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Jennifer Brownlee hopes to unseat city councilor from the position in November

David Golobay, a member of the Happy Valley City Council since 2017, will face Jennifer Brownlee in his reelection bid.

Jennifer Brownlee and David GolobayBrownlee made it to the final six out of 14 applicants for the city's vacant council spot in 2019 and was disappointed to see that the all-male City Council eventually chose another man over Ana Sarish, who had initially received two votes for the appointment.

Golobay said that increasing the diversity of the City Council was a factor in his decision, as well as appointee David Emami's deep knowledge of land-use practices as they relate to cities.

Happy Valley councilors appointed Emami to become the first Iranian-American member of a city council in Oregon's history with a 3-1 vote in March 2019. Mayor Tom Ellis was the tie-breaking vote after the council voted 2-2 five times in failed attempts to make a decision during this meeting.

Brownlee said she is hoping to unseat Golobay, not to settle the score, but rather because she loves living in Happy Valley and would like to help make it an even better place to live, work and play. 

"As a small business owner, I want to see more small business growth — businesses that are unique, diverse and locally owned," Brownlee said.

Golobay also is a local business owner who is emphasizing the positive in his campaign.

"I love my community, and I am someone who has devoted most of my adult life to giving back to my community, whether it was coaching local youth sports or volunteering on the PTO," Golobay said.

Brownlee is a registered Democrat and Golobay is a registered Republican, but both candidates are being measured in their public statements as they run for the nonpartisan city office. What follows is a short bio of each candidate in alphabetical order, with an approximately equal number of words devoted to each.

Jennifer Brownlee

Brownlee participated in last year's Emerge Oregon program that trains Democratic women in how to win public office. She said she has always had a strong need to serve her community through volunteering.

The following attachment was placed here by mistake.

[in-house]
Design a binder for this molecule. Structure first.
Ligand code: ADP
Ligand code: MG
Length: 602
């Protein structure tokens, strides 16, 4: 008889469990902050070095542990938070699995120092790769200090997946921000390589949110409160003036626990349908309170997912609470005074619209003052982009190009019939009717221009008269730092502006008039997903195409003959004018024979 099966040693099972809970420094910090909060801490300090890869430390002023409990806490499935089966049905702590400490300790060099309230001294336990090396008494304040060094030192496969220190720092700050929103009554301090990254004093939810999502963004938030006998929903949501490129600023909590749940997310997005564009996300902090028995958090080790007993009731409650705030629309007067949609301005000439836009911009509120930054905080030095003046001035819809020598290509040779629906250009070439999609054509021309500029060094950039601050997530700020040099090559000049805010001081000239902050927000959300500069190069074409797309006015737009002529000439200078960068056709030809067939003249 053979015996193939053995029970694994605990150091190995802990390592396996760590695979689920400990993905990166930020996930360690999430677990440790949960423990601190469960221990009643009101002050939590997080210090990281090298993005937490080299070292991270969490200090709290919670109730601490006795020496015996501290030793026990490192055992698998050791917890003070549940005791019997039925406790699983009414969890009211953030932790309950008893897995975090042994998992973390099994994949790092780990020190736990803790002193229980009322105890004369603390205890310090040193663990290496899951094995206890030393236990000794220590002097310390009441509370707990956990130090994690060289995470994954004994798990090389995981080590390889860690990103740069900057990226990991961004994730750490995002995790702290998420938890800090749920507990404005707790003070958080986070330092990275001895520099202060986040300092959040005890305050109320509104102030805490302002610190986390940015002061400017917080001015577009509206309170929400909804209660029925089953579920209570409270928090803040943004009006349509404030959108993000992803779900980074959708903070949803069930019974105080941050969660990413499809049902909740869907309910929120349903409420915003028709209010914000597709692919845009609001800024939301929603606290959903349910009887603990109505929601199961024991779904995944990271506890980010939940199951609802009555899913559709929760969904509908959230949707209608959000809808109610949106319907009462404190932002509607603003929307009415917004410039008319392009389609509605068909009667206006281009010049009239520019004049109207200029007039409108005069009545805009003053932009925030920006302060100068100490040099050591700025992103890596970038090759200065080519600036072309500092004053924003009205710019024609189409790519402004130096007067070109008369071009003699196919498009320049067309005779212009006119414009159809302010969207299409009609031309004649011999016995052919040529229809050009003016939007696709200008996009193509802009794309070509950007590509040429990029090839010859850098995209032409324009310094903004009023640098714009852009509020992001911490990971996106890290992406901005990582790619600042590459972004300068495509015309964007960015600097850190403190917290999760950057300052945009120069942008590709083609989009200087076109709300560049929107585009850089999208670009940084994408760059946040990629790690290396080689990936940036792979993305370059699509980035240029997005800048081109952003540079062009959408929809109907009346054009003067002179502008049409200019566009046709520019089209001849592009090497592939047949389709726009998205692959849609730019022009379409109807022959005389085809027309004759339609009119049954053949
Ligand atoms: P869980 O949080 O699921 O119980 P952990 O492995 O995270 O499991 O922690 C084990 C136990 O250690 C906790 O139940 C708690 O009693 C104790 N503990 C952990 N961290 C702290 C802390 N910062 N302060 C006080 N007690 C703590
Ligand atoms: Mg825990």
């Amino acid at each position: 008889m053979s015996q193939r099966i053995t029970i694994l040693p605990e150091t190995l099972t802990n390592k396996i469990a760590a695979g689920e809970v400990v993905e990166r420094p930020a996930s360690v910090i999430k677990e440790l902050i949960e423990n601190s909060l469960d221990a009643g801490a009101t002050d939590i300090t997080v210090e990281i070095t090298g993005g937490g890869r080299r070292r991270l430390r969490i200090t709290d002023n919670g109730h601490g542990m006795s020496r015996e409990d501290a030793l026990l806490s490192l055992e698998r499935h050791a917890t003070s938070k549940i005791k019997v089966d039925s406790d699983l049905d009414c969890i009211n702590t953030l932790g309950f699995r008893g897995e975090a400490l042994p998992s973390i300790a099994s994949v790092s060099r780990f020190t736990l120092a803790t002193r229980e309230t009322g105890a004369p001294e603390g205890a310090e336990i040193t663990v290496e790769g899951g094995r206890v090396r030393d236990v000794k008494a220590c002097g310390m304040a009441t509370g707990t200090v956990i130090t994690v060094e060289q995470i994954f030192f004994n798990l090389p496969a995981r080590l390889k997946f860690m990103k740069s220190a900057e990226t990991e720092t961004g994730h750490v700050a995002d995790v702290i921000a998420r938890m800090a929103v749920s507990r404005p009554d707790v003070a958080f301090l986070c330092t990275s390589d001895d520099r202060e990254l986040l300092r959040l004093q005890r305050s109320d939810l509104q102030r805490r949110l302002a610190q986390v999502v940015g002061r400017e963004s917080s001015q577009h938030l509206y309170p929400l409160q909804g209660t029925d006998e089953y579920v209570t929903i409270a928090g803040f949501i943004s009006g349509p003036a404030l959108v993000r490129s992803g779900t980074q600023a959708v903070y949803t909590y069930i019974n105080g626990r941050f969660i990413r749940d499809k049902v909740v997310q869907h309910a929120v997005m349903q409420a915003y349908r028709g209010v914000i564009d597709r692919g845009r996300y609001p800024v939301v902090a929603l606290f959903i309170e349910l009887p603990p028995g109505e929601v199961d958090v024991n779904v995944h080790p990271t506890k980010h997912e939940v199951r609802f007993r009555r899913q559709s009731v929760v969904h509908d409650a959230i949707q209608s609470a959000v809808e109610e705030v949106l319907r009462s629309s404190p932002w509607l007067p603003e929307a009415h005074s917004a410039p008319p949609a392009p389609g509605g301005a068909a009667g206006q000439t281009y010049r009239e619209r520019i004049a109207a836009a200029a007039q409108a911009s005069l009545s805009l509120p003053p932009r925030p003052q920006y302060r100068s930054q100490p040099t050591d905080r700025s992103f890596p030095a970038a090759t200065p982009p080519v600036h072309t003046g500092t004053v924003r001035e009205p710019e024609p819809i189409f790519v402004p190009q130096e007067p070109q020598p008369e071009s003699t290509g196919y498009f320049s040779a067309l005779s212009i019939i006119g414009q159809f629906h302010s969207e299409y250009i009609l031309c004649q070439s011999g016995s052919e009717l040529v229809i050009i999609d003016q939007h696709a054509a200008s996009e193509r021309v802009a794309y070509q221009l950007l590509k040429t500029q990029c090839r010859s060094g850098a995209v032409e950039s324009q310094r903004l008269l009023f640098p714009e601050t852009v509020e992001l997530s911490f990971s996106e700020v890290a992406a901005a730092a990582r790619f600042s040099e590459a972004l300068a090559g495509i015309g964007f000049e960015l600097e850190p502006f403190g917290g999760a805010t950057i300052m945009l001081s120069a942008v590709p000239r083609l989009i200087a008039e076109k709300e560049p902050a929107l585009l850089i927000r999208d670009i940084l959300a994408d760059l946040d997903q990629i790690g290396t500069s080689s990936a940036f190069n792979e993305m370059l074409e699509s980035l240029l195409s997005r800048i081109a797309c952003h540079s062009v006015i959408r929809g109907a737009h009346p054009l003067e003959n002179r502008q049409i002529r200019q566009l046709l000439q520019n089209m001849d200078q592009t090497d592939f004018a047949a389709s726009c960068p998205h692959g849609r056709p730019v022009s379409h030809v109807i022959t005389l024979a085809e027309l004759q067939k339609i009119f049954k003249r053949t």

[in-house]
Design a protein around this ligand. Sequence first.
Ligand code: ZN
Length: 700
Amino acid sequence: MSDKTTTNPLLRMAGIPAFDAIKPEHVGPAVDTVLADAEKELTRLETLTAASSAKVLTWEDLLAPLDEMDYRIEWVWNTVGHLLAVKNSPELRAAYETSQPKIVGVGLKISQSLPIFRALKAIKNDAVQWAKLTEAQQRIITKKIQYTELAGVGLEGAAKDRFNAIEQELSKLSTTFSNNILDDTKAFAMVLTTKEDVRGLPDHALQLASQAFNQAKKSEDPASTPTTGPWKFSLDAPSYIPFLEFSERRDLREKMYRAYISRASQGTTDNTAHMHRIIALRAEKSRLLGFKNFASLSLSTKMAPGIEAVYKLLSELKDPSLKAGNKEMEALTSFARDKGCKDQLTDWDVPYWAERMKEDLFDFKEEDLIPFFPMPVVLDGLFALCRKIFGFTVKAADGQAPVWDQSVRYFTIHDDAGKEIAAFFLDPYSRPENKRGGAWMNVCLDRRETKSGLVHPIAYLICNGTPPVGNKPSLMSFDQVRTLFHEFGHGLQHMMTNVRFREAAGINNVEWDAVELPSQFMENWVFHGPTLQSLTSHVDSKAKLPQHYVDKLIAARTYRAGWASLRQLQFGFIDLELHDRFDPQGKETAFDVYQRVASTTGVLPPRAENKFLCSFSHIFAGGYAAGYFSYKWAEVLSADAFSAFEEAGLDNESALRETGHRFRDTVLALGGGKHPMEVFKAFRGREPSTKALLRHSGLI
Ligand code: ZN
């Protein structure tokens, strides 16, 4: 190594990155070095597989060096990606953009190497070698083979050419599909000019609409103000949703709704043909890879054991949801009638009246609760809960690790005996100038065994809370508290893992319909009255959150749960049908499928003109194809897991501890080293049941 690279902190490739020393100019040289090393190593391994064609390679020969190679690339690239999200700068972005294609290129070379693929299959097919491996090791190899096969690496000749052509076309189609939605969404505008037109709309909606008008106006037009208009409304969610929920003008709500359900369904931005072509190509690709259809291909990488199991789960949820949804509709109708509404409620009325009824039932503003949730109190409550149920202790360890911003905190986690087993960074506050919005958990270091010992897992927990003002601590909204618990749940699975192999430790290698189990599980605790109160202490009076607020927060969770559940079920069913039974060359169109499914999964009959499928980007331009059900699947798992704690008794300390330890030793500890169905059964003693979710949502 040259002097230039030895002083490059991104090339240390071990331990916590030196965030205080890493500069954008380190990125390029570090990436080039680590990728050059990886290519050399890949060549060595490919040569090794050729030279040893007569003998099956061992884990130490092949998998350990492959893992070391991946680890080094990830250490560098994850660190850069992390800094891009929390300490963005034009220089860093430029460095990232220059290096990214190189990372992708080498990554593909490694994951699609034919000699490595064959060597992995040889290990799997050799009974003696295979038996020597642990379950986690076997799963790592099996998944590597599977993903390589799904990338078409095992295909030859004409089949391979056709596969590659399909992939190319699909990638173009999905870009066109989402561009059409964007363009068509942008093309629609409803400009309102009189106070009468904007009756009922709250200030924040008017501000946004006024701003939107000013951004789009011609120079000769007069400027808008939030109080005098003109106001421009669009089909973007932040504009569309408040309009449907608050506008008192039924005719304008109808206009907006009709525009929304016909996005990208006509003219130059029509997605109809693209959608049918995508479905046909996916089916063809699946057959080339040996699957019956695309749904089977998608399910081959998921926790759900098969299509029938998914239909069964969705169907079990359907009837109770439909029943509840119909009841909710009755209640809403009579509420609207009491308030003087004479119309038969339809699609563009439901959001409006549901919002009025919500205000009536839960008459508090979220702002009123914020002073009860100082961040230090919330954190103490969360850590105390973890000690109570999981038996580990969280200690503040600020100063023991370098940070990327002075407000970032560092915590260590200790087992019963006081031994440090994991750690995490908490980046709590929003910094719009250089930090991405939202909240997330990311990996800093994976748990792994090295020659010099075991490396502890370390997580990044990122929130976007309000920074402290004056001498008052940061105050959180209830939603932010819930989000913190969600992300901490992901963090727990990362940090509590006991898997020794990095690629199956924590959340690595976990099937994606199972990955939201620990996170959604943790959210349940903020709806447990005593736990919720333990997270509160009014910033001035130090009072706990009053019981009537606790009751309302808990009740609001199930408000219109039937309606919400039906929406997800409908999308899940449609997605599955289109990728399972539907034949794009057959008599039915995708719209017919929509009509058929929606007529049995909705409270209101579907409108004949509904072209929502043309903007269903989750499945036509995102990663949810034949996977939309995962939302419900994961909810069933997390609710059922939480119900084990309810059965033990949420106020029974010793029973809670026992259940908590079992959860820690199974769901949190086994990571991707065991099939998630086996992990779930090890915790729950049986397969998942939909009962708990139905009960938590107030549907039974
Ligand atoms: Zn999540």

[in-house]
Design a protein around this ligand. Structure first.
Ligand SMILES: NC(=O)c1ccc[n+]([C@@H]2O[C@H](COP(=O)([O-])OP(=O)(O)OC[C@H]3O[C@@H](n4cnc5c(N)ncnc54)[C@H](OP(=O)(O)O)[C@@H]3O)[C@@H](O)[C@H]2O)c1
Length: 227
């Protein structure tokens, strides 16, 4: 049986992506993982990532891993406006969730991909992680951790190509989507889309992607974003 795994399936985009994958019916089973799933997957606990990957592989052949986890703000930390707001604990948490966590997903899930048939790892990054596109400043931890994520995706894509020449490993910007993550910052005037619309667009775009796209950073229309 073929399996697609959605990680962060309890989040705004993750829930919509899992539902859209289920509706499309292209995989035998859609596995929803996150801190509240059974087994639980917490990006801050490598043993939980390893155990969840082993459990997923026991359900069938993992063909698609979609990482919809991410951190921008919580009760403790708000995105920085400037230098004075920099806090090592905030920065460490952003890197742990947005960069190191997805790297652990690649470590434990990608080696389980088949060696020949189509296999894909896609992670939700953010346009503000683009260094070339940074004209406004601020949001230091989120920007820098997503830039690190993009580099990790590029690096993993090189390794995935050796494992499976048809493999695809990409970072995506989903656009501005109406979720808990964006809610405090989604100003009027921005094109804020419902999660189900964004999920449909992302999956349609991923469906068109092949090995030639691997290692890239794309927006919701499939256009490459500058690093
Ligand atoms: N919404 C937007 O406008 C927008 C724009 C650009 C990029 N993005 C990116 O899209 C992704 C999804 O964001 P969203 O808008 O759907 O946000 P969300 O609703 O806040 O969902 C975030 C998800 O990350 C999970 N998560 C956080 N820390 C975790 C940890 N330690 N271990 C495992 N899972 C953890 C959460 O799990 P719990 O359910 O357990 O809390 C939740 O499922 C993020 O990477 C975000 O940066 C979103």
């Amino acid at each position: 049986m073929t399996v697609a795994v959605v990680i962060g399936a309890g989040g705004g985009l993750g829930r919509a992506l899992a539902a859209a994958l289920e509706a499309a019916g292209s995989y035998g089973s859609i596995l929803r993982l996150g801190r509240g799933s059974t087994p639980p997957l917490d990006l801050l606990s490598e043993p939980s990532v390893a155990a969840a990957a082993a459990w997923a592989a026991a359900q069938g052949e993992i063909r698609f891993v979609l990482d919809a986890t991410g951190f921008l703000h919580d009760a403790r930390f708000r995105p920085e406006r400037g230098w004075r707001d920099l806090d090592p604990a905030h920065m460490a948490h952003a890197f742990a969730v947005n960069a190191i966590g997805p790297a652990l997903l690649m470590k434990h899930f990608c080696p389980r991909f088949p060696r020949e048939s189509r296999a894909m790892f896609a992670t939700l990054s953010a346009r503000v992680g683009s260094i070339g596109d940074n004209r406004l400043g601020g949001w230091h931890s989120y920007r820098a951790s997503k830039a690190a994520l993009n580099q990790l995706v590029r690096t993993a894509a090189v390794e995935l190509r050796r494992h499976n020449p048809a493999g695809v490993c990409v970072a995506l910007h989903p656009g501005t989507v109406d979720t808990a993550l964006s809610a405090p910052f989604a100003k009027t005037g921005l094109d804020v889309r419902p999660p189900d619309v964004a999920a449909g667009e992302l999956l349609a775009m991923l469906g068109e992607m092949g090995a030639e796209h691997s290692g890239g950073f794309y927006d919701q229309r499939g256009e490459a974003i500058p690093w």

"I have spent the majority of my adulthood volunteering for causes that I believe in," she said. "And right now, my cause is Happy Valley."

Brownlee has volunteered for Clackamas Bookshelf, served on Happy Valley's Traffic & Public Safety Committee, hosted National Night Out block parties and organized several voter registration drives at local high schools. She was inspired to enter politics by her mother, Sarah (Dunn) Bushore, who was on the Beaverton City Council as she was growing up. 

"I would like parks and green spaces that are accessible to all residents and available in all neighborhoods," Brownlee said. "I want to see a community center where seniors, teens, kids and their parents all come together for exercise and enrichment classes. These are the conversations I want to have as your city councilor."

Brownlee and her husband received a major wakeup call from the 2008 housing crisis, which she says hit her family especially hard.

"I want Happy Valley to be a place where small businesses thrive, where senior citizens can age in place, and where young families have affordable, available child care options," she said.

David Golobay

Golobay said he's proud of the City Council's accomplishments over the past four years but says his work as a city councilor is not yet complete. While he has been on the council, the city has taken over parks and recreation services from the county, completed sidewalks in the "Super Block" that elected officials saw as critical around Happy Valley elementary/middle schools, passed the police levy for which he was the chair of the campaign committee, created a downtown urban-renewal district, and promoted the Happy Valley Youth Council program.

Golobay said the city still has to face an unprecedented health crisis and economic recession.

"As someone who faced financial struggle during the 2008 Great Recession, I know firsthand what many Happy Valley residents are experiencing right now during these tough times," he said.

Golobay pledges to be the "strong and compassionate leader" necessary to advocate for relief for the thousands of working families in Happy Valley.

"As we head into the next phase of this pandemic, I am ready to roll up my sleeves and get to work," he said. "I am committed to ensuring that Happy Valley remains a great place to live and work."

Golobay is the past president of the Happy Valley Business Alliance, past chair of the North Clackamas County Chamber of Commerce, and past vice-chair of the Happy Valley Traffic & Public Safety Committee.

Filing for office?

The seats currently held by Emami and Golobay are up for election this year, and Emami is currently the only candidate for his seat. Candidates for elections in Happy Valley must file by Aug. 25. More information about filing can be found at happyvalleyor.gov.


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